Six-hour Tory love-in at the Acevo summit

How many ways can you say I love you? That was the dilemma facing members of the shadow Cabinet when they turned out in force yesterday to cosy up to a hundred or so charity delegates at the Conservative Party third sector summit.

Chief executives body Acevo is staging summits with the three main political parties to find out their plans for charities.

This one was held in Millbank, where Labour masterminded its 1997 election victory. Millbank is now the Conservative HQ and, as Acevo chief executive Stephen Bubb pointed out in his welcome speech, home of our dear Charity Commission. This caused some titters.

Shadow chancellor George Osborne got things going by talking about charities running more services. Shadow Cabinet Office minister Francis Maude then criticised Labour’s ‘initiative-itis’, but with a general election probably just seven weeks away delegates could have really done with a few more details.

In the absence of any new policies or initiatives and with six hours to fill, the speakers resorted to ways of saying how inspiring, professional, passionate, innovative and expert charities were.

The last time the Tories were in power, Dolly the Sheep was being cloned and the closest many Conservatives got to the voluntary sector was opening the annual village fete. Who would have thought then that 13 years later the party’s entire top team, bar its leader, would fill a lecture room overlooking the River Thames with humble charity folk?

The Tories have certainly come a long way, but time hung heavy. Engaging is all very well, but at this stage of the electoral cycle something more conclusive is required.

4 Responses to “Six-hour Tory love-in at the Acevo summit”

  1. Robin Bogg

    Where did you get the idea for it being a Tory love-in from? I am intrigued

  2. John Lehal

    We got more clarity from the Conservatives, but in terms of something more conclusive, the top questions left in my mind around the practicalities are:
    * How do you get commissioners to take risks and innovate? Philip Hammond talked about “softening them up”. How?
    * How do voluntary sector organisations survive when being paid on a PBR basis? The expectation on the Social Investment Bank will be high.
    * How will commissioners make qualitative judgements when there is downward cost pressure?
    * How do you break down the producer interest to ensure there is co-design of services with full user involvement?
    * How do you pay by results when some outcomes can’t be measured – for instance with public health benefits? Sometimes things can’t only be attributed to one source – how do you build this into PBR?
    So when’s the follow-up summit?

  3. Charlie Smith

    Hmm that Stephen Bubb has come a long way from Labour Councillor and Chief Whip on Lambeth Borough Council to Tory love-in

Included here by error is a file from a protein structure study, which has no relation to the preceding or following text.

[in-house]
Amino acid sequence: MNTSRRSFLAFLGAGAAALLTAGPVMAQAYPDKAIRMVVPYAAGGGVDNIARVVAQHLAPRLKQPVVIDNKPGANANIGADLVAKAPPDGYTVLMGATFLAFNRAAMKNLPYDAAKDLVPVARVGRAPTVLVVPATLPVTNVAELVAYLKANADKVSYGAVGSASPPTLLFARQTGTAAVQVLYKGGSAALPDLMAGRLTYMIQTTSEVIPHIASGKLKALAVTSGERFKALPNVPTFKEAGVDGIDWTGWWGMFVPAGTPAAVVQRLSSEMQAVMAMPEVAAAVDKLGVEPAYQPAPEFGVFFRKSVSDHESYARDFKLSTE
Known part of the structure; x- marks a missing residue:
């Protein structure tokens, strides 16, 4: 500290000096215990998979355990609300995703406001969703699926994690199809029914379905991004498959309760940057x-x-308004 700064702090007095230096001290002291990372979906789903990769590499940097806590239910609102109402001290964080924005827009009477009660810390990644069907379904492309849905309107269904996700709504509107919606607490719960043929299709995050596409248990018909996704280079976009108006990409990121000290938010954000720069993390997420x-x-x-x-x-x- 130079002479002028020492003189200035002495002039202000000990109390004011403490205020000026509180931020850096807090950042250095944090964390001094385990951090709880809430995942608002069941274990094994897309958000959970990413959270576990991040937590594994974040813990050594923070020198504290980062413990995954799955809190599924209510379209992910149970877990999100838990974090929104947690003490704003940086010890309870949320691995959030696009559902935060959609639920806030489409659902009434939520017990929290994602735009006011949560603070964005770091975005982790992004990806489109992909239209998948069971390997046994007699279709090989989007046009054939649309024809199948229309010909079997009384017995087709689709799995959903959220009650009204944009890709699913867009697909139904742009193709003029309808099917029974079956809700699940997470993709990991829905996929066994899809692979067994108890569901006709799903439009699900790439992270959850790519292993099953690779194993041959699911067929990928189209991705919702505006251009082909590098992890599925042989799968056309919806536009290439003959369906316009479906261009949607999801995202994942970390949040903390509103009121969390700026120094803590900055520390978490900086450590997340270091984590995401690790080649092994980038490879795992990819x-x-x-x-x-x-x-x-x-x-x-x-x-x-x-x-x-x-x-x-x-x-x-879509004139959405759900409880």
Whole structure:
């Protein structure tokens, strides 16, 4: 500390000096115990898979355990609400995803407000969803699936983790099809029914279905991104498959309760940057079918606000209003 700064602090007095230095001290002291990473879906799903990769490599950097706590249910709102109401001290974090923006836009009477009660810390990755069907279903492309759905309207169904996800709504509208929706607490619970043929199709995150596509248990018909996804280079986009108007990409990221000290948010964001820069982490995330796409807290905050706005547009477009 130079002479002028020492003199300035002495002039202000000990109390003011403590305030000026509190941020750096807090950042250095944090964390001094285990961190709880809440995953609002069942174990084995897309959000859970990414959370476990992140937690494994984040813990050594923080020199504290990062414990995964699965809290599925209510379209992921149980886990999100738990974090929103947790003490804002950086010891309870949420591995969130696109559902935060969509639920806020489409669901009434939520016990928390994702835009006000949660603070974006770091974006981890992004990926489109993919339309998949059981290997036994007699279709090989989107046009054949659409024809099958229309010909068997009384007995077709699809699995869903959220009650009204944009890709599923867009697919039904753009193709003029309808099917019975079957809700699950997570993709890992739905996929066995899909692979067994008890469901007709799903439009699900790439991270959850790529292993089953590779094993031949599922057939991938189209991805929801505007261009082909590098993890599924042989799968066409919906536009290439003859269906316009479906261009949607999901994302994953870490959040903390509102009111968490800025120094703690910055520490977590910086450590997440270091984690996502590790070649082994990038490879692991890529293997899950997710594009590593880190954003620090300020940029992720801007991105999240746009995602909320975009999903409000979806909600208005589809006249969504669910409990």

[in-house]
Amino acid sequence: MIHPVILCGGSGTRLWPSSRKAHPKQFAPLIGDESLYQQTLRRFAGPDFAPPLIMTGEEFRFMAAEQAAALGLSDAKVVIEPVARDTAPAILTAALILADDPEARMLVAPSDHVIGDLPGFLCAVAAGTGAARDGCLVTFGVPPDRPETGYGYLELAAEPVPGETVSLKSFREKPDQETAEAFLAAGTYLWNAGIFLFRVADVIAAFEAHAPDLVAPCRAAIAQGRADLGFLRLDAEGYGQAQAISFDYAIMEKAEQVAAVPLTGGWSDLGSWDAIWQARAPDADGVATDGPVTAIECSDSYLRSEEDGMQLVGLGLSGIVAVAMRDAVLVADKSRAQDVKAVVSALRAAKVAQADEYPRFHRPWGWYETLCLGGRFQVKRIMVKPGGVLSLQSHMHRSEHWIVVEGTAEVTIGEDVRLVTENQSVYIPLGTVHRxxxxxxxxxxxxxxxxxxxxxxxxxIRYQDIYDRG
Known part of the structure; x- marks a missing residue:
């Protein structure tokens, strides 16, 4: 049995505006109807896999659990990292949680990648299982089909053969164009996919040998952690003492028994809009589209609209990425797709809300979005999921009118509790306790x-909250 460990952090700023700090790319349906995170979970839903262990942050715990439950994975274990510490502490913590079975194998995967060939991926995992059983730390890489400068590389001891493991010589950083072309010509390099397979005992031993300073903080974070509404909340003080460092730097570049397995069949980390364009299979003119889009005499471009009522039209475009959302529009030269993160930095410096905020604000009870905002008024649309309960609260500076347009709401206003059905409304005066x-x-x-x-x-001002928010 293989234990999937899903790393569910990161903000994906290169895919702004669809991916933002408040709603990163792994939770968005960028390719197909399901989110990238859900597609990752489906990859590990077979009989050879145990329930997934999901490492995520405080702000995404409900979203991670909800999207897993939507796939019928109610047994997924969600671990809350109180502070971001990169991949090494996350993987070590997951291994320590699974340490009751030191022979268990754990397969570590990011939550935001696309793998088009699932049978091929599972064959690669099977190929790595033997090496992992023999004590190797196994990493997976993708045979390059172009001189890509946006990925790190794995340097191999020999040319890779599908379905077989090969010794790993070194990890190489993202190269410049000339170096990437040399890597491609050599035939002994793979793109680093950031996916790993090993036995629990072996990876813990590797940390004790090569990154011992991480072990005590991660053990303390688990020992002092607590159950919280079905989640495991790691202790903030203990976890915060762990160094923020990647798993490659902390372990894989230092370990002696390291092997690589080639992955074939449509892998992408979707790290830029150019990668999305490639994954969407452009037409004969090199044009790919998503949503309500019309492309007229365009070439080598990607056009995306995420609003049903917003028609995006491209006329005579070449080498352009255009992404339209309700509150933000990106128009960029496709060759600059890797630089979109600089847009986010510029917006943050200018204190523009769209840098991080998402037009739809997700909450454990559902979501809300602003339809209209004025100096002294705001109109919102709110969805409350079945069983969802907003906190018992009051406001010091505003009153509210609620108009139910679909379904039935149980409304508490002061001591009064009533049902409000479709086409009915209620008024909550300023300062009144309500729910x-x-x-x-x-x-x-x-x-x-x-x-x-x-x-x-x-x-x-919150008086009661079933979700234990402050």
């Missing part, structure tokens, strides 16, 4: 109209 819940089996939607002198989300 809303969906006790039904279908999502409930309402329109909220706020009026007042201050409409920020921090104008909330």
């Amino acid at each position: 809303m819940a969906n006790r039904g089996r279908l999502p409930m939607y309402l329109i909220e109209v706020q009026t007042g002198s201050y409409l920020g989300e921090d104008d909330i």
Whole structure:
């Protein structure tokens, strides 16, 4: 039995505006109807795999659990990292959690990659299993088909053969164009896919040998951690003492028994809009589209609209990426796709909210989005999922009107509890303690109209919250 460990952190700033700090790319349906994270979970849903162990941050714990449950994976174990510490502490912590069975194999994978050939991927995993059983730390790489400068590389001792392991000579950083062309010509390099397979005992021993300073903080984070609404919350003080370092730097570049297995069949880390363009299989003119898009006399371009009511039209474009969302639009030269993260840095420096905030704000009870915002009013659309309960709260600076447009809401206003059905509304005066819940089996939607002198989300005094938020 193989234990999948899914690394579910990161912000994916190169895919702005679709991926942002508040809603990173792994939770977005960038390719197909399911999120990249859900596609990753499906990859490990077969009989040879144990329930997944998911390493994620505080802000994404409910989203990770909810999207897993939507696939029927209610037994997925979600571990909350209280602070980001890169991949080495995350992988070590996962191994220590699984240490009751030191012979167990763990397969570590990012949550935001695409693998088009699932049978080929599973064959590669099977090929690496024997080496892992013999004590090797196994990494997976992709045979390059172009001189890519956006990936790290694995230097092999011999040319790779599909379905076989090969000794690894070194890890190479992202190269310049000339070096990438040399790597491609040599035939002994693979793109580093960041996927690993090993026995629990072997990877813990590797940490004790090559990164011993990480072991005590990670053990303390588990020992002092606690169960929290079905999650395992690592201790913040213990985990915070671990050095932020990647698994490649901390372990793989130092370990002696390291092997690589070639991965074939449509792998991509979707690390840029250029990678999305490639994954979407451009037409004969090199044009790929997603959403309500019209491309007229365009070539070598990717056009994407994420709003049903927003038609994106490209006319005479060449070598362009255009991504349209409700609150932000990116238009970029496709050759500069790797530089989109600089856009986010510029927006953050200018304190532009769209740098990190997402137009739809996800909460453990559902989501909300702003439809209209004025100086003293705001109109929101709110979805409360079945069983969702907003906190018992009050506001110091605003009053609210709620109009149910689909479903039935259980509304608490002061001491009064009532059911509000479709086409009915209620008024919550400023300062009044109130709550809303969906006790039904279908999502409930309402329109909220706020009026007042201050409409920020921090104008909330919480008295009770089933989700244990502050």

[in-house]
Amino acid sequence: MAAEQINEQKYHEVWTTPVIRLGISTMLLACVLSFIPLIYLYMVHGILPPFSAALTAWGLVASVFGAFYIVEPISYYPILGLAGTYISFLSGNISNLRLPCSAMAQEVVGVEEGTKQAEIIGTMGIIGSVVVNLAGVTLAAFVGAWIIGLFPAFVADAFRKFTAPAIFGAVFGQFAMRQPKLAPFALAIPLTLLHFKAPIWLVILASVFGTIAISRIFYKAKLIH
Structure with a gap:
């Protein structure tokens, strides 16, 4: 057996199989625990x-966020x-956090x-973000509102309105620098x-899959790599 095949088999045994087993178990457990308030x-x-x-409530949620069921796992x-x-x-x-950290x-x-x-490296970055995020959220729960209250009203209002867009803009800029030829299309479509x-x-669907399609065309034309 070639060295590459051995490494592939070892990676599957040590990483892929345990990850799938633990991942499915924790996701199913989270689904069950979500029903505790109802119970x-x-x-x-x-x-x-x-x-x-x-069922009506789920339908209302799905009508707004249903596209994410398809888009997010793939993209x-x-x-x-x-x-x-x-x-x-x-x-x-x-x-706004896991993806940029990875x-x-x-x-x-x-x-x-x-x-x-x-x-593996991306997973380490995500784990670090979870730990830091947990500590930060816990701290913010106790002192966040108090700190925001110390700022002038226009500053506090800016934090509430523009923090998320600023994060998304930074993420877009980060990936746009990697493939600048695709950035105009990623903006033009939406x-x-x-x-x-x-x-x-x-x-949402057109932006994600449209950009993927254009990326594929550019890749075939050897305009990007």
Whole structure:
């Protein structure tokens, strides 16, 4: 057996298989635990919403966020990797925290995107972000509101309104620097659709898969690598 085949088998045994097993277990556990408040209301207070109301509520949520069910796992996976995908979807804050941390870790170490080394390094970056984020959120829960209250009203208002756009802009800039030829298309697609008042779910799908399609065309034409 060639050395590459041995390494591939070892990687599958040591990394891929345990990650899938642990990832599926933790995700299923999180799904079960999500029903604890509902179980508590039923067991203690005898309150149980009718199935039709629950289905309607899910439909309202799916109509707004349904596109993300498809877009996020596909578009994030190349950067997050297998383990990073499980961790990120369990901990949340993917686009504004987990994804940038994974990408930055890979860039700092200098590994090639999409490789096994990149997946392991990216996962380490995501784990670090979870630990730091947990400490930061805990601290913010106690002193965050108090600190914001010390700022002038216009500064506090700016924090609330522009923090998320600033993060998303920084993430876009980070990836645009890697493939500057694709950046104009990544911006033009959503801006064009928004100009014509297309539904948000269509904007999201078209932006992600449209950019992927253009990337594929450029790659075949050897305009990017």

4. Mark Atkinson

    Jane – you are spot on with this blog. Totally and unequivocally agree.

    In my most recent role we didnt even use the term “Corporate fundraising”. Instead, I developed a “Commercial Fundraising” team which specifically targetted the marketing budgets of prospective partners.This won’t work for every charity but it can work very well for decent sized membership organisations whose members have a clear propensity to purchase specific products or services. What we essentially did was create an agency for companies to reach our member base through the development of carefully selected and exclusive partnerships. We had a menu of off the shelf activity which companies could choose from on a pic n mix basis to provide a bespoke campaign which we then delivered over an agreed timeframe. This included advertising, product placement, distribution and sampling, competitions, market research, affiliate programmes, introducer arrangments and of course sponsorships and the development of completely bespoke initiatives of mutual interest.

    The results of this were outstanding. We were cheaper than going through an intermediary agency with all the associated costs, we had the trust of our members and companies benefitted from the halo effect. We even monitored propensity to purchase on behalf of the company. The net profit was great and we had contracts against which we ringfenced funds to deliver project based activity.

    4 things to remember in all this is

    1. The role of company procurement managers who are prevalent in larger co’s esp FMCG’s is simply to get best value for the company. They wont have been involved in negotiations with the brand team so you wont have a relationship with them. They will try and bash down the price so allow for a little flexibility in your costings so they feel they are getting some concessions.
    2. The importance of getting the contract right because if you dont then it doesnt matter how well you negotiated things can get messy esp when there are staff changes which frequently happens with brand managers who get moved around regularly
    3. Ensure you are totally au fait with data protection requirements if contracts require you to promo direct to your members/ supporters
    4. Never give a company brand exclusivity only give them exclusivity for the product or service they are working with you on for the duration of the contract. Exclusivity is expected but dont prevent your charity from being able to work with other competing brands. You will lose out on money if you allow this to happen. Make sure the contract is clear on this.

    Adhere to these rules and act in accordance with your clear ethical policy and the right charities can do very well with this approach.

    Mark Atkinson


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